VANCE AIR FORCE BASE — “A church is for people with roots. A chapel is a place for transients,” said Maj. Joe Watson, deputy wing chaplain.
Most of the airmen and women at Vance Air Force Base will only call the airfield home for a matter of months or a few short years, but in that time the chapel is a place to find peace, religion and even counseling.
“On this base, a lot of the stress comes from pilot students messing up, who are worried they’re not going to make it,” Watson said.
During his time in the chaplain corps, Watson said he’s seen issues of all description.
“I’ve seen marital problems, I’ve seen alcohol abuse problems, I’ve seen financial problems, it’s really every individual has their own set of problems.
“A lot of it is location-based, a lot of it depends on the mission of the base,” he said.
With a focus primarily on training, Vance AFB has a different “tempo” than other bases, said Capt. James Park, chaplain.
The eight-year reservist is at the start if a seven-month stint at Vance. His home station is Joint Base Andrews, in Maryland, but with the current Vance AFB wing chaplain preparing to retire in the summer, he’s been assigned to help fill in during the period of transition.
“When I was at Andrews, during an annual tour, I would have five counseling sessions within a week,” Park said. “Over there, they’re kind of struggling right now.”
At Vance, chaplains see six to eight airmen for counseling a month, he said. Sessions can range from scheduled marriage counseling to impromptu emergency visits for those who may be at risk of hurting themselves.
“When I’m here, I love serving, because I know there are troops who are hurting,” he said.
“It’s my calling to serve and to pray for people, and to make sure they’re OK, that their loved ones are OK.”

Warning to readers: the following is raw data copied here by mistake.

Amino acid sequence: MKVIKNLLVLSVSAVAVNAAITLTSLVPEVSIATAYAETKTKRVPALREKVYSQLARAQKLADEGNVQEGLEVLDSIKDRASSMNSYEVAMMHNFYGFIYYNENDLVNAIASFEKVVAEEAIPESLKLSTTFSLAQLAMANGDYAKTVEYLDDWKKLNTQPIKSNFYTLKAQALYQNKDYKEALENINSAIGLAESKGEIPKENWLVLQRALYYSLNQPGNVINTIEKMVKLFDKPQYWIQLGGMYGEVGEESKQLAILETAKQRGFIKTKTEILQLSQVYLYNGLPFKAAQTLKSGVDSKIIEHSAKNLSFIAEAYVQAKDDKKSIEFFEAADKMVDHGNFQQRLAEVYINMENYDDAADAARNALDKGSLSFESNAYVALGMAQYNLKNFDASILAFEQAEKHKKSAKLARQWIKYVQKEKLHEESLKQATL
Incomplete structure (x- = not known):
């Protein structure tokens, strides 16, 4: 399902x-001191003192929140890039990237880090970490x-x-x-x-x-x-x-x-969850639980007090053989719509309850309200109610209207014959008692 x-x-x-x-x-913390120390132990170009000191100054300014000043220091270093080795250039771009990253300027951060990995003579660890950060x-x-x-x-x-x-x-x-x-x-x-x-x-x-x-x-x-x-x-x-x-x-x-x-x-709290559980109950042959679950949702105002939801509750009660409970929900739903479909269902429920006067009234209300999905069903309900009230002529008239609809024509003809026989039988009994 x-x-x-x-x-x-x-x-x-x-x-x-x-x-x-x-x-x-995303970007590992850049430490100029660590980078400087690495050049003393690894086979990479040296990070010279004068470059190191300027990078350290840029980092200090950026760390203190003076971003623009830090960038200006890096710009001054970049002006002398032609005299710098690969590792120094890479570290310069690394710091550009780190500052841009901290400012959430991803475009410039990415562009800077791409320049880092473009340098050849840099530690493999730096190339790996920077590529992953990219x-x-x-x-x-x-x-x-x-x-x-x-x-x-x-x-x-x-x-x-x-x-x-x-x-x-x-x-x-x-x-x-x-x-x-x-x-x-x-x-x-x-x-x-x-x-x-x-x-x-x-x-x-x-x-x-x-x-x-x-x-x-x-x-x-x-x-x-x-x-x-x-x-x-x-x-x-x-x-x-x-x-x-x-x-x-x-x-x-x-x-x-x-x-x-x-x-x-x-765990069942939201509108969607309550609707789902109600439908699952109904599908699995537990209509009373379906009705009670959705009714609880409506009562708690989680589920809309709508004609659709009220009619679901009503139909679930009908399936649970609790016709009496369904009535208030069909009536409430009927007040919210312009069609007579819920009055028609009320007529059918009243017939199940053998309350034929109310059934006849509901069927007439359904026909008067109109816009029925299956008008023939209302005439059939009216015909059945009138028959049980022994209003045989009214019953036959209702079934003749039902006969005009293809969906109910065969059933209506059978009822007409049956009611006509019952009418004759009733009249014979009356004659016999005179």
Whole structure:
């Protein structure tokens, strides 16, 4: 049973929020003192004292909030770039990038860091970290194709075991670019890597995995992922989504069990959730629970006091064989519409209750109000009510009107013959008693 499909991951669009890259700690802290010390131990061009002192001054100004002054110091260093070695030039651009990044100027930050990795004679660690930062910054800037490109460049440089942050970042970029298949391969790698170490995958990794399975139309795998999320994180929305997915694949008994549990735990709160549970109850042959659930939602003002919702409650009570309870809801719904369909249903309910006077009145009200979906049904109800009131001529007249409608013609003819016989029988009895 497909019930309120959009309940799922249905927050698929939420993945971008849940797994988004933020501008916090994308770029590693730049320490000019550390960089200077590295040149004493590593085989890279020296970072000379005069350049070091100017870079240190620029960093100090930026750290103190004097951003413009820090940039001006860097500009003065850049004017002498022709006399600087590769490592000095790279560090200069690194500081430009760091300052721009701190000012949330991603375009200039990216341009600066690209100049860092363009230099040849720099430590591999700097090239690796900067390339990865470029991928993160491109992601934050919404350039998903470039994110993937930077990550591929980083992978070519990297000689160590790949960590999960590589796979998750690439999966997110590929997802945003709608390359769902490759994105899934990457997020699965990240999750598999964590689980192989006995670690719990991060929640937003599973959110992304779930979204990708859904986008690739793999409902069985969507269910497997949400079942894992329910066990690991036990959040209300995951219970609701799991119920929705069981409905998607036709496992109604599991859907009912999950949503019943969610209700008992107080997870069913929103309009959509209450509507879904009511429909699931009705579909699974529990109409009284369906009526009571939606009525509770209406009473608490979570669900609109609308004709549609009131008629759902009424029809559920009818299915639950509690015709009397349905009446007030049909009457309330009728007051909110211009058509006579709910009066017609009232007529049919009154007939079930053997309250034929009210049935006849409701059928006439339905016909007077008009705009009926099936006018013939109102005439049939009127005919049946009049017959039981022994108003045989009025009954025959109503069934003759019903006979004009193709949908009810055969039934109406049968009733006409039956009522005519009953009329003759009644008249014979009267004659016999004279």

The chaplain corps is proactive when it comes to monitoring the mental health of troops on base, but at times enlisted airmen are hesitant to open up to a chaplain, Park said.
“Sometimes they don’t really feel like they can connect with chaplains who are officers,” he said.
Religious affairs airmen, like Asa Sanford, are enlisted troops and not officers. The difference in rank can make it easier for him to connect.
“When it comes to unit engagement, people see a chaplain and they put on a very professional act because they don’t want to be disrespectful to an officer,” Sanford said. “But when an enlisted member goes to another enlisted member, it’s like being with family or friends.”
Together, Sanford and Park make up an RST, or religious support team. They visit the security forces, training squadrons and all the different units on base to make sure everybody’s hanging in there. If they see signs someone is slipping, mentally, emotionally, spiritually, they step in to help or get whatever help might be needed.
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“We kind of get the (reputation) that we’re just the God squad that passes out candy, when really we’re someone that comes and provides 100 percent confidentiality,” Sanford said. “We’re here for people when other agencies aren’t really paying attention to them, making sure that people feel taken care of.”
The chaplain corps isn’t the sole resource for mental health help on base, but for the faithful it can provide something more than the other options.
“When someone is under stress and goes to see a counselor or mental health professional, they don’t really get that spiritual component,” Park said.
He begins and ends each session with prayer but never without asking.
“They always welcome it,” he said.